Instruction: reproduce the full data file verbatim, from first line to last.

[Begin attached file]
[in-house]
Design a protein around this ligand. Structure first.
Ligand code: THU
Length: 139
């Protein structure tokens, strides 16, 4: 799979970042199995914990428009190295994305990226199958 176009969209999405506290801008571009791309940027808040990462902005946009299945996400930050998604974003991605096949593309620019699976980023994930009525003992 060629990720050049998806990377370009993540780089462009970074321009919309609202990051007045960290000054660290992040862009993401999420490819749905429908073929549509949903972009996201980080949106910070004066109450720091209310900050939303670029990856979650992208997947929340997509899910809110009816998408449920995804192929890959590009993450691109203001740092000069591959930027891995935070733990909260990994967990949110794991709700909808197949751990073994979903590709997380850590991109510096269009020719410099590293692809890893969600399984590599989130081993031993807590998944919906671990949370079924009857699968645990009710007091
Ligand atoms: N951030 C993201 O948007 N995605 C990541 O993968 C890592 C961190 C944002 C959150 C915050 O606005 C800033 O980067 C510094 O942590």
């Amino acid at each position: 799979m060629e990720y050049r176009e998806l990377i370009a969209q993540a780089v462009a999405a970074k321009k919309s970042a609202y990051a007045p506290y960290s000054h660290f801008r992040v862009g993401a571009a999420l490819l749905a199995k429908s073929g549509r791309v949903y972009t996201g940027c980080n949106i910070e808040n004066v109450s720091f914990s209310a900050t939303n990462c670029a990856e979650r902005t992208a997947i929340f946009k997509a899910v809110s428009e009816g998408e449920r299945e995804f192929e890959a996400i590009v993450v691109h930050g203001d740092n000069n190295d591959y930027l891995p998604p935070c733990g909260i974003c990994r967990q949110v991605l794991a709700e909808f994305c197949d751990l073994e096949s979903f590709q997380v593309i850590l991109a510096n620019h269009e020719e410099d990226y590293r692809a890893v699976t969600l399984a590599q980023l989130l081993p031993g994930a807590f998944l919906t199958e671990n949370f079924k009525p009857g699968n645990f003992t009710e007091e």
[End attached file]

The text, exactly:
[in-house]
Design a protein around this ligand. Structure first.
Ligand code: THU
Length: 139
């Protein structure tokens, strides 16, 4: 799979970042199995914990428009190295994305990226199958 176009969209999405506290801008571009791309940027808040990462902005946009299945996400930050998604974003991605096949593309620019699976980023994930009525003992 060629990720050049998806990377370009993540780089462009970074321009919309609202990051007045960290000054660290992040862009993401999420490819749905429908073929549509949903972009996201980080949106910070004066109450720091209310900050939303670029990856979650992208997947929340997509899910809110009816998408449920995804192929890959590009993450691109203001740092000069591959930027891995935070733990909260990994967990949110794991709700909808197949751990073994979903590709997380850590991109510096269009020719410099590293692809890893969600399984590599989130081993031993807590998944919906671990949370079924009857699968645990009710007091
Ligand atoms: N951030 C993201 O948007 N995605 C990541 O993968 C890592 C961190 C944002 C959150 C915050 O606005 C800033 O980067 C510094 O942590």
């Amino acid at each position: 799979m060629e990720y050049r176009e998806l990377i370009a969209q993540a780089v462009a999405a970074k321009k919309s970042a609202y990051a007045p506290y960290s000054h660290f801008r992040v862009g993401a571009a999420l490819l749905a199995k429908s073929g549509r791309v949903y972009t996201g940027c980080n949106i910070e808040n004066v109450s720091f914990s209310a900050t939303n990462c670029a990856e979650r902005t992208a997947i929340f946009k997509a899910v809110s428009e009816g998408e449920r299945e995804f192929e890959a996400i590009v993450v691109h930050g203001d740092n000069n190295d591959y930027l891995p998604p935070c733990g909260i974003c990994r967990q949110v991605l794991a709700e909808f994305c197949d751990l073994e096949s979903f590709q997380v593309i850590l991109a510096n620019h269009e020719e410099d990226y590293r692809a890893v699976t969600l399984a590599q980023l989130l081993p031993g994930a807590f998944l919906t199958e671990n949370f079924k009525p009857g699968n645990f003992t009710e007091e």